Disney has been torn between two extremes at the box office this past week.
On one hand, its freshest Marvel offering, Black Panther: Wakanda Forever seems to be effortlessly dominating international box offices, skating past the $675 million mark at the weekend. On the other, its latest animation release, Strange World, which was released in the US during the Thanksgiving holiday, has been disastrously underperforming.
The film, which tells the story of a family of explorers and stars Jake Gyllenhaal and Lucy Liu, has raked in about $18.5 million in the five days since its release. Several publications, including Variety, are predicting it is going to lose about $100 million in its theatrical run.
As far as ticket sales are concerned, Strange World has now had one of Disney’s worst opening weekends. There have been, however, even worse performers.
We take a look at six other Disney bombs, some of which can’t escape our memories quickly enough and others that have since gone on to become cult classics.
Turning Red (2022)
It’s difficult to imagine a Pixar film not only bombing at the box office but becoming the Tsar Bomba of Hollywood history. It’s a shame because Turning Red was actually a pretty good film.
A charming story about a teenage girl, 13, who transforms into a giant red panda whenever she gets overly excited, Turning Red lost about $168 million, raking in only $20 million at the global box office. This was, in large part, due to Disney’s decision to forgo a theatrical run in favour of releasing the film on its streaming platform Disney+.
Still, the film proved to be a critical success. It has a 95 per cent certified fresh rating on the review aggregator site Rotten Tomatoes, with the critics' consensus reading: “Heartwarming, humorous, beautifully animated and culturally expansive, Turning Red extends Pixar's long list of family-friendly triumphs.”
The live-action remake of the beloved 1998 film did not fare as well as the original, which made $300 million at the box office. The 2020 film, though visually spectacular, lacked the heart and soul that made the animated Mulan a cult classic. The film was also released in the thick of the pandemic, which hampered its box office earnings. After several delays, Disney opted to release it on its streaming service, though many countries outside the US did enjoy a theatrical run.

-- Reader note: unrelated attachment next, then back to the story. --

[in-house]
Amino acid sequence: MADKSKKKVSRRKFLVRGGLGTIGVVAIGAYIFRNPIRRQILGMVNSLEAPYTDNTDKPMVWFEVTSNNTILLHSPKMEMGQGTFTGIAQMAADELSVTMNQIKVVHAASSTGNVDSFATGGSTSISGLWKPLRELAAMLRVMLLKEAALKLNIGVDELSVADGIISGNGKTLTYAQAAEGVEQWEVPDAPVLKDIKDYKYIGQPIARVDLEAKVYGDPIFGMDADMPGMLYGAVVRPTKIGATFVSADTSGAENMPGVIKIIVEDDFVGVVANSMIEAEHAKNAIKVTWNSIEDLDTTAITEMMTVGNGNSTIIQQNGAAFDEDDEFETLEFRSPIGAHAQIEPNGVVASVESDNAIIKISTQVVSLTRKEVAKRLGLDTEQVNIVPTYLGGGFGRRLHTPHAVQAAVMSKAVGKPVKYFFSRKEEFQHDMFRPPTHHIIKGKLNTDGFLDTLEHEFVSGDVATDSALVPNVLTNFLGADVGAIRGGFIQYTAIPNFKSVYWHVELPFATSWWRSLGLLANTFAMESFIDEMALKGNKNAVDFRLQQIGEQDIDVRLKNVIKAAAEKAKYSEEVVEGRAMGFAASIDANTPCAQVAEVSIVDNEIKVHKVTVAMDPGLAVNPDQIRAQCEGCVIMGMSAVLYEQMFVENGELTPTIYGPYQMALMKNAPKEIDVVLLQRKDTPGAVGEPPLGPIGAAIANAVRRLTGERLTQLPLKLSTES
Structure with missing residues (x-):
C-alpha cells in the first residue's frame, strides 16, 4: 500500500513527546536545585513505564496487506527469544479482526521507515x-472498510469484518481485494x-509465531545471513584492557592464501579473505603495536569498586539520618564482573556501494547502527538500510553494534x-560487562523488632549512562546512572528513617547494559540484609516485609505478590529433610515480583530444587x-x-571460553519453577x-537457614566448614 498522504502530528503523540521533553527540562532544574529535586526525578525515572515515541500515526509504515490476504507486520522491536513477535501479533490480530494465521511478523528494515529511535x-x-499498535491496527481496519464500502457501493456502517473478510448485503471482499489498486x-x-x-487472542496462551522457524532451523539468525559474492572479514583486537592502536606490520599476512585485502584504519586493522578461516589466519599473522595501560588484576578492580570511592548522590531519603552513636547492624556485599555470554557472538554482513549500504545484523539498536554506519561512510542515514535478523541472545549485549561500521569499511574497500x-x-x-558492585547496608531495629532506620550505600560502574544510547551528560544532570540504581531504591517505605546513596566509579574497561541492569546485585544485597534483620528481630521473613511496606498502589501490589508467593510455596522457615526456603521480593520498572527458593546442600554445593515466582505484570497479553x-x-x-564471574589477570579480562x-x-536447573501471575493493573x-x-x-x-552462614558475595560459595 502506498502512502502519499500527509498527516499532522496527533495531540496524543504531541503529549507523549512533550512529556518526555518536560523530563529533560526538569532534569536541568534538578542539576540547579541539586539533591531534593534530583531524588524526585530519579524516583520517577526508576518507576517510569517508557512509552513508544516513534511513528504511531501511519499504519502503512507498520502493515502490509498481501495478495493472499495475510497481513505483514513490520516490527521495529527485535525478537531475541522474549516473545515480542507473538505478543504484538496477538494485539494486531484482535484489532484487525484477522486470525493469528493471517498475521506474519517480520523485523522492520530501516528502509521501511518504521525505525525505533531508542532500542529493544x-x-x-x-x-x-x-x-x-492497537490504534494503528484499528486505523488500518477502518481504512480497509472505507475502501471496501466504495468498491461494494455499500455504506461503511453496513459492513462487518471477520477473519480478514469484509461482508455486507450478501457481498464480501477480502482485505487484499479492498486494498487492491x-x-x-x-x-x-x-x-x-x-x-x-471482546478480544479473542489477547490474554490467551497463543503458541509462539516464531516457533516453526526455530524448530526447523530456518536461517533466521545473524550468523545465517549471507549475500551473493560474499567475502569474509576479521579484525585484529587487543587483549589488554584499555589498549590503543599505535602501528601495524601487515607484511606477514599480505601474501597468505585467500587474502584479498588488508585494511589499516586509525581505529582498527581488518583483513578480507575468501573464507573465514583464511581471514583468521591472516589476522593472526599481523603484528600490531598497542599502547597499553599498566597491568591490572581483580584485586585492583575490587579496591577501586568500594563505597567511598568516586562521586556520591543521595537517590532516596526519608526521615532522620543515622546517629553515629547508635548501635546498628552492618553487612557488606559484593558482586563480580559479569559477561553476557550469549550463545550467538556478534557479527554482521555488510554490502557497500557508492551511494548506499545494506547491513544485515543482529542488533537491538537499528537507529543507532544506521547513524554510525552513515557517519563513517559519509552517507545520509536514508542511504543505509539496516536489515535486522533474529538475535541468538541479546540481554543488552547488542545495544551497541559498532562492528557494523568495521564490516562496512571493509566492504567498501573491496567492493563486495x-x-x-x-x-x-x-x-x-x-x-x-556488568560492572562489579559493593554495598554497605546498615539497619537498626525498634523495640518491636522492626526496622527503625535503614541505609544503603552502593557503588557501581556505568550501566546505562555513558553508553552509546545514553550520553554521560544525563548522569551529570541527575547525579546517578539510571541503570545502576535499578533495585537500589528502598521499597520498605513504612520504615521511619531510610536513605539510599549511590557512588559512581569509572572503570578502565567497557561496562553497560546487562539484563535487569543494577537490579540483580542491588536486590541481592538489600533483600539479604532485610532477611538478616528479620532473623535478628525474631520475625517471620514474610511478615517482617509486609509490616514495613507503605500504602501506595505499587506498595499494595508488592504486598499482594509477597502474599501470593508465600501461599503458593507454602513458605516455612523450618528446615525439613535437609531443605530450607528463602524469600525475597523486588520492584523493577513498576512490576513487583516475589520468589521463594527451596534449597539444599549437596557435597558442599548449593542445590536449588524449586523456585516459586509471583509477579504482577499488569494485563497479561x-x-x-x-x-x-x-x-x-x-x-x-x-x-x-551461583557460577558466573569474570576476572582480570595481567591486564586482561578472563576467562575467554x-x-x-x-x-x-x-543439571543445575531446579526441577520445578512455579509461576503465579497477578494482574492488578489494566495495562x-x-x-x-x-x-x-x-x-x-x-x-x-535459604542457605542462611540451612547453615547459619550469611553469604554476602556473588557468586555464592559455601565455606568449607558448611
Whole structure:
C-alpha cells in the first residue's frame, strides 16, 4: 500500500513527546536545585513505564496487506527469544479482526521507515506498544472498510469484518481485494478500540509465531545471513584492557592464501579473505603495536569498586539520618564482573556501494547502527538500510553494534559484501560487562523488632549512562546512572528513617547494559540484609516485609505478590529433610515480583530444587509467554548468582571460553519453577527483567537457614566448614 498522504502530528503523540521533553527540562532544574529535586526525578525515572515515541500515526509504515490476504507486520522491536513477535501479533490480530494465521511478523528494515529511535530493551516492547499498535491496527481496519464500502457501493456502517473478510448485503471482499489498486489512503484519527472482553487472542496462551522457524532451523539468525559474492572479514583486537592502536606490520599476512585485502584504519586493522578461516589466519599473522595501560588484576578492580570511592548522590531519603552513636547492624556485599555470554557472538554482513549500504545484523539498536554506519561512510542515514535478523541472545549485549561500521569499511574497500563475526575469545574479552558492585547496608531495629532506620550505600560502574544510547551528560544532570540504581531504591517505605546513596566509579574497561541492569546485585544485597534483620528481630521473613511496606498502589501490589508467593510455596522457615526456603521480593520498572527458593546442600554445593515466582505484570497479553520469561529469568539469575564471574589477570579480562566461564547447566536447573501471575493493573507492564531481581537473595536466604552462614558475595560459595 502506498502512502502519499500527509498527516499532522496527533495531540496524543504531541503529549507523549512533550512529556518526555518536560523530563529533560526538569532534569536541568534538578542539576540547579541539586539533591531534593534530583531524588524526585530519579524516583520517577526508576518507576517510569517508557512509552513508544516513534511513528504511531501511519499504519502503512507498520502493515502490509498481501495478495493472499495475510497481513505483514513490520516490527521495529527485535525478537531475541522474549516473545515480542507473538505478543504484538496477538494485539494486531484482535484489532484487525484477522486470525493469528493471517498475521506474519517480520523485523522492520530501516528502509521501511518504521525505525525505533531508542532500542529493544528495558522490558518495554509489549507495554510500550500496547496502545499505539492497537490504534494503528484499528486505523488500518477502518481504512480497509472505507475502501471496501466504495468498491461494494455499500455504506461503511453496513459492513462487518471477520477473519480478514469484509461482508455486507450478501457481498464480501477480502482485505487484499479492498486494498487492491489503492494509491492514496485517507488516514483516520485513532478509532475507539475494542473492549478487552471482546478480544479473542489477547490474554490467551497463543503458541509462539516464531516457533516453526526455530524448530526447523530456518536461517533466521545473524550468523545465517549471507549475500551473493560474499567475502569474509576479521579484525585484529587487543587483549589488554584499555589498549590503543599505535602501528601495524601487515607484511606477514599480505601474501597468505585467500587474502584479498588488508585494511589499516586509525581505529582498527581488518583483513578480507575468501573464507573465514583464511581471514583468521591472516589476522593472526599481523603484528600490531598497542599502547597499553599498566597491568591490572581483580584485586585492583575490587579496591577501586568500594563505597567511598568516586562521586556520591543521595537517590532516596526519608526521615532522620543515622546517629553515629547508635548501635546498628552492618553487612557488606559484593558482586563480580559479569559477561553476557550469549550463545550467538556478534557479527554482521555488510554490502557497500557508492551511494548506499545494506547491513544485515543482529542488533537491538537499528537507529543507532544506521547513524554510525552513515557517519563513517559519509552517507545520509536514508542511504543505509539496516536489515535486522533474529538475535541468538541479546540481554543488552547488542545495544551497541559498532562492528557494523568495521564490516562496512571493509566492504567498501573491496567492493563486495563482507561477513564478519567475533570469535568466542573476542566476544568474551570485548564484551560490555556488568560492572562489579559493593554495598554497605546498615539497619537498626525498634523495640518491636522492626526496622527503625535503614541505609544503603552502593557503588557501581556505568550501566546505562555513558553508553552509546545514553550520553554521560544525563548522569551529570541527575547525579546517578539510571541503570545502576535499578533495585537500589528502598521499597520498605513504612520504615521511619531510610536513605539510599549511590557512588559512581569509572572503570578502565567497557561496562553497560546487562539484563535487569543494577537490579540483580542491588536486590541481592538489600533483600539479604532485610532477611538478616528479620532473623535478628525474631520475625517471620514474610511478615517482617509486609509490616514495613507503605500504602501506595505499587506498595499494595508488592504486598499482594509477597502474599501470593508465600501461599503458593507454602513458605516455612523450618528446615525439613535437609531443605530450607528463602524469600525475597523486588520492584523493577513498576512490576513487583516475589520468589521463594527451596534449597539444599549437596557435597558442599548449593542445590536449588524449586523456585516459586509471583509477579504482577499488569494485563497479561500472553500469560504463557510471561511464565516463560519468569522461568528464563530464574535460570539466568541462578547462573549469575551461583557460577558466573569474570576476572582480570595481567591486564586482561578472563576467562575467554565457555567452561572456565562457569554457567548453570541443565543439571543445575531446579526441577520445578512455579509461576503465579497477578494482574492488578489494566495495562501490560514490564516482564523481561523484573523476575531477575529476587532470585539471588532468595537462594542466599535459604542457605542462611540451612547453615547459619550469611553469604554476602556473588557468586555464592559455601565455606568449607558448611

In the end, Mulan brought in $70 million, half of which came from China alone. It had an estimated loss of more than $180 million.
The Lone Ranger (2013)
This Johnny Depp-starring Western needed about $650 million worldwide just to break even. This was supposed to be Disney’s box office comeback in 2013, a year after the enormous flop that was John Carter. However, if anything, the film seemed to sustain its performance anxiety. The Lone Ranger came out in the US during the same time as Despicable Me 2, and though it cost three times more to make, earned only a third of what the animated comedy raked in.
In the end, The Lone Ranger lost an estimated $104 million.
John Carter (2012)
The star-studded John Carter, which featured Willem Dafoe, Bryan Cranston, Dominic West and Taylor Kitsch in the title role, grossed almost $300 million internationally. Despite this, the film was considered a flop due to its immense production and marketing costs, with experts estimating that it needed $600 million in ticket sales to break-even.
Mars Needs Moms (2011)
Up until the pandemic, Mars Needs Moms was Disney’s worst-performing film, and it didn’t have Turning Red’s saving grace of being critically well-received.
The film tells the story of a boy, 9, who sets out to rescue his mother from Martians. It cost $150 million to make and grossed less than $40 million worldwide.
Treasure Planet (2002)
This science-fiction rendition of the classic 1882 novel Treasure Island by Robert Louis Stevenson has become a bit of a cult classic, despite its lukewarm performance at the box office. The film tells the story of a rebellious teen who is given a map by a dying pirate to a mysterious Treasure Planet, nudging him into an interstellar odyssey.
Treasure Planet had a budget of $140 million, making it one of the most expensive traditionally animated films ever made. It fused together CGI with hand-drawn animations, making it a visual spectacle that was leaps and bounds ahead of anything else at its time. Sadly, its release date, which coincided with Harry Potter and the Chamber of Secrets, hampered its box office performance, resulting in a $74 million loss for Disney.